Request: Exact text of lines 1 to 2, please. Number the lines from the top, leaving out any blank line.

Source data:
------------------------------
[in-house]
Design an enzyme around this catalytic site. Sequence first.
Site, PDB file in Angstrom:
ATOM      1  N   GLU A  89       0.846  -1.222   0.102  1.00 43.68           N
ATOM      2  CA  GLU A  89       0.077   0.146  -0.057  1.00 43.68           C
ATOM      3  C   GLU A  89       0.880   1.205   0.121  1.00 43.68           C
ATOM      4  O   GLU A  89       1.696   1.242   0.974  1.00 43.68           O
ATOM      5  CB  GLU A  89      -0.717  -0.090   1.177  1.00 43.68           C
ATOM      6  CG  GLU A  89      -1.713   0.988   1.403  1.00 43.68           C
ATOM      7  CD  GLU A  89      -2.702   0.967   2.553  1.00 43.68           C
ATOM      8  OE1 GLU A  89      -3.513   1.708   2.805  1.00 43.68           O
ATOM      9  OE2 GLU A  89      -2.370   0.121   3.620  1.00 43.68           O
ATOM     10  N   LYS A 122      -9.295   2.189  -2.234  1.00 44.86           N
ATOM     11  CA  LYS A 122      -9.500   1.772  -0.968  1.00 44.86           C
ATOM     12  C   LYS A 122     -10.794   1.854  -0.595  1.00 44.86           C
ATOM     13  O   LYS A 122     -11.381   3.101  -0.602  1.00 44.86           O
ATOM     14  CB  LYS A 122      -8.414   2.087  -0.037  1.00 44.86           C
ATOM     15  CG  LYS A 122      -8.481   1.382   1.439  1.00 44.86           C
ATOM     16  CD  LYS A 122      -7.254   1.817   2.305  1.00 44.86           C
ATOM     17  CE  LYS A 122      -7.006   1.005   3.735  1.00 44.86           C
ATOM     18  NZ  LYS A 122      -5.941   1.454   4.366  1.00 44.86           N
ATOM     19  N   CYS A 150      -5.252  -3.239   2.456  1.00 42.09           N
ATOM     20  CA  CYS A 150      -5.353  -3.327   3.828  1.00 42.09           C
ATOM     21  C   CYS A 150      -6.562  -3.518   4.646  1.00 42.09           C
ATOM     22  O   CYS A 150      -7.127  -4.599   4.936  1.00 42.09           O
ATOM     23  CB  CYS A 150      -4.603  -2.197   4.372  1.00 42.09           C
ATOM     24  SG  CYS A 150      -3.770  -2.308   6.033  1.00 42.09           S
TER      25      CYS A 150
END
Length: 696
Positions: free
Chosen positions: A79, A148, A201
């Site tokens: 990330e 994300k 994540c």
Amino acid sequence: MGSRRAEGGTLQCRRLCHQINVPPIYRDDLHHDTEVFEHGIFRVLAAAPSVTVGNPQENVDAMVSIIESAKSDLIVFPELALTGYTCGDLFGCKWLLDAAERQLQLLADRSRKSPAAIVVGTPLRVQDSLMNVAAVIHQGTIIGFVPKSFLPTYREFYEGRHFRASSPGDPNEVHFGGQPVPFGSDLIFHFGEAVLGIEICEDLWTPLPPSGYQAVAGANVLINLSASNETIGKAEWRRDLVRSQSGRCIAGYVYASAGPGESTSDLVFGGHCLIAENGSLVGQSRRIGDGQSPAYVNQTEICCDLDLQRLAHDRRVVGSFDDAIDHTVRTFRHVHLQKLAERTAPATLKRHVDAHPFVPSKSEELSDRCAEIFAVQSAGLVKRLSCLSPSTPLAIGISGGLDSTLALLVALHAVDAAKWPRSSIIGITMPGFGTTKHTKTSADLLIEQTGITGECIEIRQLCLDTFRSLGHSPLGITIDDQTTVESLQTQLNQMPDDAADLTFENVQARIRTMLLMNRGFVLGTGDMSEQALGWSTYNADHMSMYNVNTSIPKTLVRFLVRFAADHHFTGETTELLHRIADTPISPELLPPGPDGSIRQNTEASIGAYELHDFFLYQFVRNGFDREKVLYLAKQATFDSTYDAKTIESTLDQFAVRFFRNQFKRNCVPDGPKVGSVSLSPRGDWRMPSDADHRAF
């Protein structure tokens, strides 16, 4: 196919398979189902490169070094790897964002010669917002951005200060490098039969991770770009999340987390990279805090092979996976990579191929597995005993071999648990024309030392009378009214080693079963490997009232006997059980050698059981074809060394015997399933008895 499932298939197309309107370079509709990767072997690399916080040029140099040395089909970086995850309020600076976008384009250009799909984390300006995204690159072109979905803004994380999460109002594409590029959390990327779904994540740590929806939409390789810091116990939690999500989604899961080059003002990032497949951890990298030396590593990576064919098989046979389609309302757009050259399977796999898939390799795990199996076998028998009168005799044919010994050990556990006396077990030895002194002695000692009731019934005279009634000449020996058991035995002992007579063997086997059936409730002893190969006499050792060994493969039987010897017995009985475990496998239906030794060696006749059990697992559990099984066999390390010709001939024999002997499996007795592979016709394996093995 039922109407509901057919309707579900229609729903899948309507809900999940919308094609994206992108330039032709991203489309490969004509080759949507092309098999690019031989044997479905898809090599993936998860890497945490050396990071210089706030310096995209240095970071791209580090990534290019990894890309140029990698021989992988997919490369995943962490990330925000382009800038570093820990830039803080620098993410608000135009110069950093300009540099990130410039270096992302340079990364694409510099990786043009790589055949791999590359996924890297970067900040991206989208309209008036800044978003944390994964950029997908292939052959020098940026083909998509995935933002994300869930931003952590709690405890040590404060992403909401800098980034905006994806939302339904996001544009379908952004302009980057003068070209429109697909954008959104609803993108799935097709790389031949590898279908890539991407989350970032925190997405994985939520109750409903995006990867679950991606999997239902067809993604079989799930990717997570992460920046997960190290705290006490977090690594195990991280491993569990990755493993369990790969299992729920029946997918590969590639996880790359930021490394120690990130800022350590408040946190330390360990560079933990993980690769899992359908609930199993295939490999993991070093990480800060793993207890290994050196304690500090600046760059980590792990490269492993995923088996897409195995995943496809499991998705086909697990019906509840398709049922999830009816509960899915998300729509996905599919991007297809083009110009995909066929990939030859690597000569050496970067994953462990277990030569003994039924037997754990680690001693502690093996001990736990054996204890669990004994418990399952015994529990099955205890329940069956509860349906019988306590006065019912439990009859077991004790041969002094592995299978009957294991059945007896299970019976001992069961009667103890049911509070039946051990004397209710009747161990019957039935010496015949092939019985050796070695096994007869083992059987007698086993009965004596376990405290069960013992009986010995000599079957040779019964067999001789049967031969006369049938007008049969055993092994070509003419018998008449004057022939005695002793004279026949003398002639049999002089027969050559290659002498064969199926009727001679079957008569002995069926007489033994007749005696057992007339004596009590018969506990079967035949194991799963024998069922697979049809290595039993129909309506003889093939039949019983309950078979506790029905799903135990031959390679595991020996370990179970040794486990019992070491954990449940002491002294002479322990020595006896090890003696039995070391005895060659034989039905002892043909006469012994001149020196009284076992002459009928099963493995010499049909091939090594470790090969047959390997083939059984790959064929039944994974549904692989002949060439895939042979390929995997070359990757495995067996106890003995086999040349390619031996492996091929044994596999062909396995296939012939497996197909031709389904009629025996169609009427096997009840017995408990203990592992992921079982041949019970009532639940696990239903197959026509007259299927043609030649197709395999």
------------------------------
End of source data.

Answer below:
[in-house]
Design an enzyme around this catalytic site. Sequence first.